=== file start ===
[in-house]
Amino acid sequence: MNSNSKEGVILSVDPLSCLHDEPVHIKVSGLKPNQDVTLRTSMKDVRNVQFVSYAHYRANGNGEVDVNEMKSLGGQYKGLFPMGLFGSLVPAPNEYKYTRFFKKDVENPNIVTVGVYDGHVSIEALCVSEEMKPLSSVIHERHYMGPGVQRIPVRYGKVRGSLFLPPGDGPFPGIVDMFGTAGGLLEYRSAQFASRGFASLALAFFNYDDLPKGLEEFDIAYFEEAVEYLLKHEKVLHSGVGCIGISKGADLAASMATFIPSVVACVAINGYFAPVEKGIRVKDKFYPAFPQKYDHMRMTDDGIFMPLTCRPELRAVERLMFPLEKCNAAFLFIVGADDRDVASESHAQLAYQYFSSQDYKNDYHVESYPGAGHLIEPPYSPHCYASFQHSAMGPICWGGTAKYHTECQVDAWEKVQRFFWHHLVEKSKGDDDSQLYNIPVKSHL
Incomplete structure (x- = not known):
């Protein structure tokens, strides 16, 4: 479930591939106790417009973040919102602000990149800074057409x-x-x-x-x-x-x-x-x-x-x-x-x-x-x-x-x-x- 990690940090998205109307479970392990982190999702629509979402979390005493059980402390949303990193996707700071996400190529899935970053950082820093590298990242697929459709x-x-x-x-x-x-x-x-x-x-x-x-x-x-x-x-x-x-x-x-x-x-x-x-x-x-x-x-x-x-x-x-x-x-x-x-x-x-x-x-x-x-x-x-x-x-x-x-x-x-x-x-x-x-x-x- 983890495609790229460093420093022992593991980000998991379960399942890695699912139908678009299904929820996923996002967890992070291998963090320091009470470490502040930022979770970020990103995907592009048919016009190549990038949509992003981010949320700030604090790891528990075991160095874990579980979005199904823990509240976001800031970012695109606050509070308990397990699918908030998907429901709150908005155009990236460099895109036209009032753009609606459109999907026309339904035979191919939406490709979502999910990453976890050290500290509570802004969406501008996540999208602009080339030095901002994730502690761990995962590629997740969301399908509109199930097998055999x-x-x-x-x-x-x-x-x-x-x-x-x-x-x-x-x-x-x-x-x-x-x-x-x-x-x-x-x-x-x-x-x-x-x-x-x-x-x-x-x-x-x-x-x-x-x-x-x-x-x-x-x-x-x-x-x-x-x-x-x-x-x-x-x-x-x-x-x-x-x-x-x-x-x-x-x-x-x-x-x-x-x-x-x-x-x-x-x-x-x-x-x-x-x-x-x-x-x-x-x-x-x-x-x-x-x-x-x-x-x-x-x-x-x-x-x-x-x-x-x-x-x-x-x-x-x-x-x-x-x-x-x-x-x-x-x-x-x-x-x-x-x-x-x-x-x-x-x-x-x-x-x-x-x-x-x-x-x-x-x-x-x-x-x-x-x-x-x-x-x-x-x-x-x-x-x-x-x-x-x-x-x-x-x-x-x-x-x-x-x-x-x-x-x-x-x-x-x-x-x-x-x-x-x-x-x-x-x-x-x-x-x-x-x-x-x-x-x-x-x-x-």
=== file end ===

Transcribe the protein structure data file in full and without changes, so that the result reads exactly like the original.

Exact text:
[in-house]
Amino acid sequence: MNSNSKEGVILSVDPLSCLHDEPVHIKVSGLKPNQDVTLRTSMKDVRNVQFVSYAHYRANGNGEVDVNEMKSLGGQYKGLFPMGLFGSLVPAPNEYKYTRFFKKDVENPNIVTVGVYDGHVSIEALCVSEEMKPLSSVIHERHYMGPGVQRIPVRYGKVRGSLFLPPGDGPFPGIVDMFGTAGGLLEYRSAQFASRGFASLALAFFNYDDLPKGLEEFDIAYFEEAVEYLLKHEKVLHSGVGCIGISKGADLAASMATFIPSVVACVAINGYFAPVEKGIRVKDKFYPAFPQKYDHMRMTDDGIFMPLTCRPELRAVERLMFPLEKCNAAFLFIVGADDRDVASESHAQLAYQYFSSQDYKNDYHVESYPGAGHLIEPPYSPHCYASFQHSAMGPICWGGTAKYHTECQVDAWEKVQRFFWHHLVEKSKGDDDSQLYNIPVKSHL
Incomplete structure (x- = not known):
């Protein structure tokens, strides 16, 4: 479930591939106790417009973040919102602000990149800074057409x-x-x-x-x-x-x-x-x-x-x-x-x-x-x-x-x-x- 990690940090998205109307479970392990982190999702629509979402979390005493059980402390949303990193996707700071996400190529899935970053950082820093590298990242697929459709x-x-x-x-x-x-x-x-x-x-x-x-x-x-x-x-x-x-x-x-x-x-x-x-x-x-x-x-x-x-x-x-x-x-x-x-x-x-x-x-x-x-x-x-x-x-x-x-x-x-x-x-x-x-x-x- 983890495609790229460093420093022992593991980000998991379960399942890695699912139908678009299904929820996923996002967890992070291998963090320091009470470490502040930022979770970020990103995907592009048919016009190549990038949509992003981010949320700030604090790891528990075991160095874990579980979005199904823990509240976001800031970012695109606050509070308990397990699918908030998907429901709150908005155009990236460099895109036209009032753009609606459109999907026309339904035979191919939406490709979502999910990453976890050290500290509570802004969406501008996540999208602009080339030095901002994730502690761990995962590629997740969301399908509109199930097998055999x-x-x-x-x-x-x-x-x-x-x-x-x-x-x-x-x-x-x-x-x-x-x-x-x-x-x-x-x-x-x-x-x-x-x-x-x-x-x-x-x-x-x-x-x-x-x-x-x-x-x-x-x-x-x-x-x-x-x-x-x-x-x-x-x-x-x-x-x-x-x-x-x-x-x-x-x-x-x-x-x-x-x-x-x-x-x-x-x-x-x-x-x-x-x-x-x-x-x-x-x-x-x-x-x-x-x-x-x-x-x-x-x-x-x-x-x-x-x-x-x-x-x-x-x-x-x-x-x-x-x-x-x-x-x-x-x-x-x-x-x-x-x-x-x-x-x-x-x-x-x-x-x-x-x-x-x-x-x-x-x-x-x-x-x-x-x-x-x-x-x-x-x-x-x-x-x-x-x-x-x-x-x-x-x-x-x-x-x-x-x-x-x-x-x-x-x-x-x-x-x-x-x-x-x-x-x-x-x-x-x-x-x-x-x-x-x-x-x-x-x-x-």